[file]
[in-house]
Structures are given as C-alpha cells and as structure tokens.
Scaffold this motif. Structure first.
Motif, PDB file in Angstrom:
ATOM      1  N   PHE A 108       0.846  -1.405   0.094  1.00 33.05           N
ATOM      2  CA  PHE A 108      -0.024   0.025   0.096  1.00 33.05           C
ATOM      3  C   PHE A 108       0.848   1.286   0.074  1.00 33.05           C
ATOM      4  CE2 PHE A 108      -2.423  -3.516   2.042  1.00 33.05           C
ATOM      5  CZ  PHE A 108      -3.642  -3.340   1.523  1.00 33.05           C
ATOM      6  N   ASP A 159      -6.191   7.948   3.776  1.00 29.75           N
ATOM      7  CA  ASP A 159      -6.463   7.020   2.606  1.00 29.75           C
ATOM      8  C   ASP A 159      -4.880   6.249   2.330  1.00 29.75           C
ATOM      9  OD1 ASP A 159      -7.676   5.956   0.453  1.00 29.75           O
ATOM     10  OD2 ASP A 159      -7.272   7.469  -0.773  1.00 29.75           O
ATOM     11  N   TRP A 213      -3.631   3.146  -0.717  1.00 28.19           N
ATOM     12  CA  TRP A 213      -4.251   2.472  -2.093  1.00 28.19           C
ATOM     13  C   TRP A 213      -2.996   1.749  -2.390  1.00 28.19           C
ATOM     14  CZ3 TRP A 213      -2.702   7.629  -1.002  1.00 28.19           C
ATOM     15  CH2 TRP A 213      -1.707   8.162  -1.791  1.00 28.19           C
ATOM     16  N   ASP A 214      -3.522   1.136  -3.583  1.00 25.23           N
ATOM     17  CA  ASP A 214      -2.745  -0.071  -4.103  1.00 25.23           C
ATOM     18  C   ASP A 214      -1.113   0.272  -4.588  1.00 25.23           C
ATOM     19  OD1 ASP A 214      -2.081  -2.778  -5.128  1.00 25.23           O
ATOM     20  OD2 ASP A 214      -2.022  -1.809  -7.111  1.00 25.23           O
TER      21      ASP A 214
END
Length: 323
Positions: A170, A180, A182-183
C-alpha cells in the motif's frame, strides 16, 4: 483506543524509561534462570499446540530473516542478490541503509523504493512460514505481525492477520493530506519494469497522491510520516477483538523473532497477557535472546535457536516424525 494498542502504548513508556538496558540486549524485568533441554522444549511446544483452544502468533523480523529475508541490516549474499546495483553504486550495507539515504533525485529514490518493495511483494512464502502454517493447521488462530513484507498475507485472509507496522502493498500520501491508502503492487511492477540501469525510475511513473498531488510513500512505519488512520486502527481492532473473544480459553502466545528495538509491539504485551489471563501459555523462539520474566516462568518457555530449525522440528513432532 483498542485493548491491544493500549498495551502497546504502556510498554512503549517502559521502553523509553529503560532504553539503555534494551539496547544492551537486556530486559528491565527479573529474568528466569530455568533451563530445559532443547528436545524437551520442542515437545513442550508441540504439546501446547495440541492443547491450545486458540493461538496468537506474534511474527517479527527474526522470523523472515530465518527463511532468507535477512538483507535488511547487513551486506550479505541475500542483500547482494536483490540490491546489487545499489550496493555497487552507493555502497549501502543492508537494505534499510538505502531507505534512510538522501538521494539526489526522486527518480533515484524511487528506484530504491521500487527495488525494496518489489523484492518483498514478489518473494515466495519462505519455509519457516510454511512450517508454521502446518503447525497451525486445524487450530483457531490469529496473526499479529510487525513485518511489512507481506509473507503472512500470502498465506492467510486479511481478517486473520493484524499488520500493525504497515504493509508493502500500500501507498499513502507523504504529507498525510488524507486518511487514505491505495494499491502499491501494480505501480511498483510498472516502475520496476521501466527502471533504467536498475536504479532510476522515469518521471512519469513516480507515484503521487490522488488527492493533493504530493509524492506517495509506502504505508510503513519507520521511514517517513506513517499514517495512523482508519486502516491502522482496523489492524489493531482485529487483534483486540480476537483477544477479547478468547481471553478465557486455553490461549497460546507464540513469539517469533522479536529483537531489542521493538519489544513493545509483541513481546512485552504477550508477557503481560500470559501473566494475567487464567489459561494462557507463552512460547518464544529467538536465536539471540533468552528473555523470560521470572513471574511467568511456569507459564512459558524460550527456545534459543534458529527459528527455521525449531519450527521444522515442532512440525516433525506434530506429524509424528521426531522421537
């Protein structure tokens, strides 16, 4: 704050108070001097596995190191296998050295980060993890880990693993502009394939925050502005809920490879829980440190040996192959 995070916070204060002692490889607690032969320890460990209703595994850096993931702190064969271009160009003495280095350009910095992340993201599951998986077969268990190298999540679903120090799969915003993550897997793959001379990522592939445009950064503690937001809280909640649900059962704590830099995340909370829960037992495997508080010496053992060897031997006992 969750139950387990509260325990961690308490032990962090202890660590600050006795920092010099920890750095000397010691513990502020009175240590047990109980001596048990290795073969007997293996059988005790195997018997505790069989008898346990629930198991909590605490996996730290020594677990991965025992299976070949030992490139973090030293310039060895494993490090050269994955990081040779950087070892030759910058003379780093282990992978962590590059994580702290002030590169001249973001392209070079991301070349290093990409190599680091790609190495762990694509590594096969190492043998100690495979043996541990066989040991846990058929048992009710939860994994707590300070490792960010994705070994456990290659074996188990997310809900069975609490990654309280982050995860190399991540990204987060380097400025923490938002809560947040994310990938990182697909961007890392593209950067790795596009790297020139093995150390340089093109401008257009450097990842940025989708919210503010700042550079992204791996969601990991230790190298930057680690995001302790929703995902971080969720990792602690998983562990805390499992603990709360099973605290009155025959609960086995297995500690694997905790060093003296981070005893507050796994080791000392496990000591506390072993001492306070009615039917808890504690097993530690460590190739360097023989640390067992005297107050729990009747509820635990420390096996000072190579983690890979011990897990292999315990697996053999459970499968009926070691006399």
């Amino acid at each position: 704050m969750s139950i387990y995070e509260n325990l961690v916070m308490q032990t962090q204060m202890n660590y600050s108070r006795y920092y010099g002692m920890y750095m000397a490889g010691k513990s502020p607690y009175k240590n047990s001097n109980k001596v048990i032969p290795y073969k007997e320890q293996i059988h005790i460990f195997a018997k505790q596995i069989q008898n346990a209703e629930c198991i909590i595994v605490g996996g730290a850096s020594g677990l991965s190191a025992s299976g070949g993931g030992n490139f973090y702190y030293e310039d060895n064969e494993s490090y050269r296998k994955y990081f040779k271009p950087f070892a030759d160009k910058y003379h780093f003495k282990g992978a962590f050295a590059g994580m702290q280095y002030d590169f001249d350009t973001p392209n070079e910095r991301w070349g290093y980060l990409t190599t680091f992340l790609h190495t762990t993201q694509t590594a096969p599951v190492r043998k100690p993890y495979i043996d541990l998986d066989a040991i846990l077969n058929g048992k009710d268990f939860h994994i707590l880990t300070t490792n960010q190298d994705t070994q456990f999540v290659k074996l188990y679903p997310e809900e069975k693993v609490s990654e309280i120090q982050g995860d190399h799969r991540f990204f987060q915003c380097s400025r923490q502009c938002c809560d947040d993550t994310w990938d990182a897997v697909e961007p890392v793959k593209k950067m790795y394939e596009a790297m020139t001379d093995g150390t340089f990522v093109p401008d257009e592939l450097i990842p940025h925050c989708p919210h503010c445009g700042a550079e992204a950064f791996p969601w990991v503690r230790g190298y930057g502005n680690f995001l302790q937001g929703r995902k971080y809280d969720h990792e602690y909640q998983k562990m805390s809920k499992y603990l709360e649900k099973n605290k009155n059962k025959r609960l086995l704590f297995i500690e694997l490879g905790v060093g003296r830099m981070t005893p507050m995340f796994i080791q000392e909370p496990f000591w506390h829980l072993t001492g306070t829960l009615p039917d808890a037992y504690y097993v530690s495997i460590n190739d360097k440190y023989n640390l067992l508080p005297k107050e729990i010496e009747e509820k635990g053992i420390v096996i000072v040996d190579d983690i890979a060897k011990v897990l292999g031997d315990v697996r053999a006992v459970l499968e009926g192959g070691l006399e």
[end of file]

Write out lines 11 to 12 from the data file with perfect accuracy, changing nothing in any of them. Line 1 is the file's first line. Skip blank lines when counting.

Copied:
ATOM      7  CA  ASP A 159      -6.463   7.020   2.606  1.00 29.75           C
ATOM      8  C   ASP A 159      -4.880   6.249   2.330  1.00 29.75           C